In 1943, it was rededicated and it is now in use as a Catholic place of worship there, in 1872 a reservoir was constructed by Lord Annaly, southeast of the town, to supply water to the farms in the valley
Brugha was born in Dublin of mixed Roman Catholic and Protestant parentage. His father, was a maker and antique dealer who had been disinherited by his family for marrying a Catholic. He was the tenth of fourteen children and was educated at the Jesuit Belvedere College but was forced to leave at the age of sixteen because of the failure of his fathers business. He went on to set up a church candle manufacturing firm with two brothers and Vincent Lalor, and took on the role of travelling salesman, in 1899 Brugha joined the Gaelic League, and he subsequently changed his name from Charles Burgess to Cathal Brugha. He met his wife, Kathleen Kingston, at an Irish class in Birr, County Offaly. They had six children, five girls and one boy, Brugha became actively involved in the Irish Republican Brotherhood and in 1913 he became a lieutenant in the Irish Volunteers. He led a group of twenty Volunteers to receive the arms smuggled into Ireland in the Howth gun-running of 1914 and he was second-in-command at the South Dublin Union under Commandant Éamonn Ceannt in the Easter Rising of 1916.
On the Thursday of Easter Week, being wounded, he was unable to leave when the retreat was ordered. Brugha, weak from loss of blood, continued to fire upon the enemy and was found by Eamonn Ceannt singing God Save Ireland with his still in his hands. He was initially not considered likely to survive and he recovered over the next year, but was left with a permanent limp. Brugha was elected speaker of Dáil Éireann at its first meeting on 21 January 1919, and he read out the Declaration of Independence in Irish, on the following day,22 January, he was appointed president of the ministry pro tempore. He retained this position until 1 April 1919, when de Valera took his place and he proposed a Republican constitution at the 1917 Sinn Féin convention which was unanimously accepted. In October 1917 he became Chief of Staff of the Irish Republican Army and he was elected as a Sinn Féin MP for the County Waterford constituency at the 1918 general election. In January 1919, Sinn Féin MPs refused to recognise the Parliament of the United Kingdom, due to the absence of Éamon de Valera and Arthur Griffith, Brugha presided over the first meeting of Dáil Éireann on 21 January 1919.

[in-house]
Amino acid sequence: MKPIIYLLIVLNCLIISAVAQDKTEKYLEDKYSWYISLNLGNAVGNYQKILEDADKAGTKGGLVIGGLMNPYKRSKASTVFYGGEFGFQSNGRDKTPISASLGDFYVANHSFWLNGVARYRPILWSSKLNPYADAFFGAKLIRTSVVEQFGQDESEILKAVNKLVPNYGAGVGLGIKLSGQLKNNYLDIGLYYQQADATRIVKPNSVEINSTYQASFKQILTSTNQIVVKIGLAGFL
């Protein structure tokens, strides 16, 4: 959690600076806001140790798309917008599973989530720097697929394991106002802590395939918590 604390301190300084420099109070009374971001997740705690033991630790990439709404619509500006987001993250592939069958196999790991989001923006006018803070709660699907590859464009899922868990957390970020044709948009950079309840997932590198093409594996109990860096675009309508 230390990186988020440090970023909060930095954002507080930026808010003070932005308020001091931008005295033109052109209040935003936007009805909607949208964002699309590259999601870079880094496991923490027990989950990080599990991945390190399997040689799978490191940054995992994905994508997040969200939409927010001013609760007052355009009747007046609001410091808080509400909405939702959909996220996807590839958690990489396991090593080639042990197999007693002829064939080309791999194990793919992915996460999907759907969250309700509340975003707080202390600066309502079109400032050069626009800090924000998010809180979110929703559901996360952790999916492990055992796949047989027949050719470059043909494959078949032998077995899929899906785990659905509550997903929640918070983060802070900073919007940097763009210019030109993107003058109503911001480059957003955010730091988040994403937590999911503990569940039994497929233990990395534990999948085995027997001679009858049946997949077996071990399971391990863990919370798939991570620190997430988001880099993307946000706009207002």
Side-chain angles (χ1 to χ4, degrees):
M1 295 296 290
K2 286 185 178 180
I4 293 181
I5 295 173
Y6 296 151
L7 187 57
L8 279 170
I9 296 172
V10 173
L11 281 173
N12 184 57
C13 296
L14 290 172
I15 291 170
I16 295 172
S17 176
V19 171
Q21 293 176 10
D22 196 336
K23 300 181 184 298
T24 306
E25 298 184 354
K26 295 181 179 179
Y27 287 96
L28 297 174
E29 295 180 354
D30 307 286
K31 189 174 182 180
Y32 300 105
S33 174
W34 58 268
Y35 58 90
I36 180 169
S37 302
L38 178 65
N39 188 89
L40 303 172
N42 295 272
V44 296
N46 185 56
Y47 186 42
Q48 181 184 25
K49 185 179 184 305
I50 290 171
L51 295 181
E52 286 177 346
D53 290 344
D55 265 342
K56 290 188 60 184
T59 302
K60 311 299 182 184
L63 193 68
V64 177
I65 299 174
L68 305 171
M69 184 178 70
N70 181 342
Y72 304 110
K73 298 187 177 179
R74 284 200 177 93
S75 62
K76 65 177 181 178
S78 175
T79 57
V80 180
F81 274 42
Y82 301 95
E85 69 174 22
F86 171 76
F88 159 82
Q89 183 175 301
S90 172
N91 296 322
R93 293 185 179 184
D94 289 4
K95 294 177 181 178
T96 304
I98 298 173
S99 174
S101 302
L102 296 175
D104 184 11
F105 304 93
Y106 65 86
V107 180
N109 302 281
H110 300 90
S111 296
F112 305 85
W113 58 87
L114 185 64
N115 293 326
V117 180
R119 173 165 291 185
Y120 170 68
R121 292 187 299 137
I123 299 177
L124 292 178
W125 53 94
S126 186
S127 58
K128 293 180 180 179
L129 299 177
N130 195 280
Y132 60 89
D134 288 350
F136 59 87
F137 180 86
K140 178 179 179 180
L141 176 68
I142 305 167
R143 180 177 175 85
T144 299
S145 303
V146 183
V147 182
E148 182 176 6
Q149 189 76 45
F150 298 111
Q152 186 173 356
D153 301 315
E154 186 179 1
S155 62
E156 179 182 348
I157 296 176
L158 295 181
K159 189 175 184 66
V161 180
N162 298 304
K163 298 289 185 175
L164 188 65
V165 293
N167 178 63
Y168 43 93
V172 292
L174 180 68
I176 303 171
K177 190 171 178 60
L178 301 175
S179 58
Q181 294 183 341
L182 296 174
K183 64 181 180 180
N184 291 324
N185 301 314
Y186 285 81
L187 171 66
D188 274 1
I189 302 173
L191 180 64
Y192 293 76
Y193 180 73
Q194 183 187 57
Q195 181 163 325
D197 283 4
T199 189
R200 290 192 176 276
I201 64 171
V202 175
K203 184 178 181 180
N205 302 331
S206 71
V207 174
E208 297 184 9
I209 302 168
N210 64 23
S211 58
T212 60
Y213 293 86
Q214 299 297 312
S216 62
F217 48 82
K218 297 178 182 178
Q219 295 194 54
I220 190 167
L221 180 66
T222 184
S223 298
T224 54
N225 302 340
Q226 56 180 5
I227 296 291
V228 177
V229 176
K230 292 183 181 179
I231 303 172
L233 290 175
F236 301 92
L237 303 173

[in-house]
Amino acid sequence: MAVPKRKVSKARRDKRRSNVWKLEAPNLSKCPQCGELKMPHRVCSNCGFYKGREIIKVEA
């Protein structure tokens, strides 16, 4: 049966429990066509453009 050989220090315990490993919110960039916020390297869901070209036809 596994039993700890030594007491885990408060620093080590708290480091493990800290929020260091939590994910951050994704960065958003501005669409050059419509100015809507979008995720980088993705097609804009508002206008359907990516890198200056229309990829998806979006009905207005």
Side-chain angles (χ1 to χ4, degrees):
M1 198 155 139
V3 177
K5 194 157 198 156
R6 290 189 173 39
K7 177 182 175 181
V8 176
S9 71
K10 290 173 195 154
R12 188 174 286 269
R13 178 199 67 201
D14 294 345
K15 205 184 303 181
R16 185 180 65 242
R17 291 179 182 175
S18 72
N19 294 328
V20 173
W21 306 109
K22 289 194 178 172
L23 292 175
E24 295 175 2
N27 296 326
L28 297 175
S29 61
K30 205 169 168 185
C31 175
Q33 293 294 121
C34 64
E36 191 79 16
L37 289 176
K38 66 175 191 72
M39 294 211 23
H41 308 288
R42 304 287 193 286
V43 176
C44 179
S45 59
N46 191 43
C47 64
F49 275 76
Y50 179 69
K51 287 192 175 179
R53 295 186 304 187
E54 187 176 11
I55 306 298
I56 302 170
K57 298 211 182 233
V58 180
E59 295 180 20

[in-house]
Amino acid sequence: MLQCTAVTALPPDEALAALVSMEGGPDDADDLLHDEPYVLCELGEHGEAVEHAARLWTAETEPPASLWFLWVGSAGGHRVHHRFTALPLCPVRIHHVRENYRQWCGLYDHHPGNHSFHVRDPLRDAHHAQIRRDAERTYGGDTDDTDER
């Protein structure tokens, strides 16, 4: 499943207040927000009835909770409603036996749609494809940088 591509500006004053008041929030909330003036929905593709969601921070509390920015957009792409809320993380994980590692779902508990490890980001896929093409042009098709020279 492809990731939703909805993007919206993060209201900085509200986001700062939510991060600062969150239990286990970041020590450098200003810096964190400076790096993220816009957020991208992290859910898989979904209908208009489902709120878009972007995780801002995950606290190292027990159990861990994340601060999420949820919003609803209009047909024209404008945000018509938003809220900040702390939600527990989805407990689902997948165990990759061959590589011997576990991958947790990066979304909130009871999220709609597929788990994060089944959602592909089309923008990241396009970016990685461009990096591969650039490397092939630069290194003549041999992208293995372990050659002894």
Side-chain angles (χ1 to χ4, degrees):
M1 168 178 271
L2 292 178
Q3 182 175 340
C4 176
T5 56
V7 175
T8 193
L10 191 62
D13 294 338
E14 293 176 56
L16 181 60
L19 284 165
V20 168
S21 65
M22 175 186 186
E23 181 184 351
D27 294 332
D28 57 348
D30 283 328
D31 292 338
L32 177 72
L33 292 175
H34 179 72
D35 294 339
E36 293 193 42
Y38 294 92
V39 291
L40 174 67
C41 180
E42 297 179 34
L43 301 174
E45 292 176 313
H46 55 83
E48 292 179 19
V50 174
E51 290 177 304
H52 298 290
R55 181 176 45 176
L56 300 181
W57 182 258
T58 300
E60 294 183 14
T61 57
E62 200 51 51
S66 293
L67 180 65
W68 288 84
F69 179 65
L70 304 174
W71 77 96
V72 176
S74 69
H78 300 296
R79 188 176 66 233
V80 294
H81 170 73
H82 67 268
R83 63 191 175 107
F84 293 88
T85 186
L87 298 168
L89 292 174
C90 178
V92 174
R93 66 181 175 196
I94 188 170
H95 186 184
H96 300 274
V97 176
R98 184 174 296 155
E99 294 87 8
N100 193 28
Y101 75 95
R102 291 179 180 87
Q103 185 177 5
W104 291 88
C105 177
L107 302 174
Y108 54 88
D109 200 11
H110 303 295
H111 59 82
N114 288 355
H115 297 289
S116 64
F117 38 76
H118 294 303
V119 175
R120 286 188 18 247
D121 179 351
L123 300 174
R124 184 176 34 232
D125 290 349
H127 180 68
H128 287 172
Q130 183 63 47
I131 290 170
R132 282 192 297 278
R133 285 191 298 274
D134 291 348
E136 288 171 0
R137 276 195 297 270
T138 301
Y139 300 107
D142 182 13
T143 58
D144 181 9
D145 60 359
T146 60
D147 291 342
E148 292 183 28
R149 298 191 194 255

Brugha opposed the oath of allegiance required for membership of the IRB and, in 1919, his proposition that all Volunteers should swear allegiance to the Irish Republic, Brugha had the idea of moving the front line of the war to England but was opposed by Collins. On 7 January 1922, Brugha voted against the Anglo-Irish Treaty and it has been argued that, by turning the issue into a vote on Collins popularity, Brugha swung the majority against his own side. Frank OConnor, in his biography of Collins, states that two delegates who had intended to vote against the Treaty changed sides in sympathy with Collins and he left the Dáil and was replaced as Minister for Defence by Richard Mulcahy. When the IRA occupied the Four Courts, he and Oscar Traynor called on them to abandon their position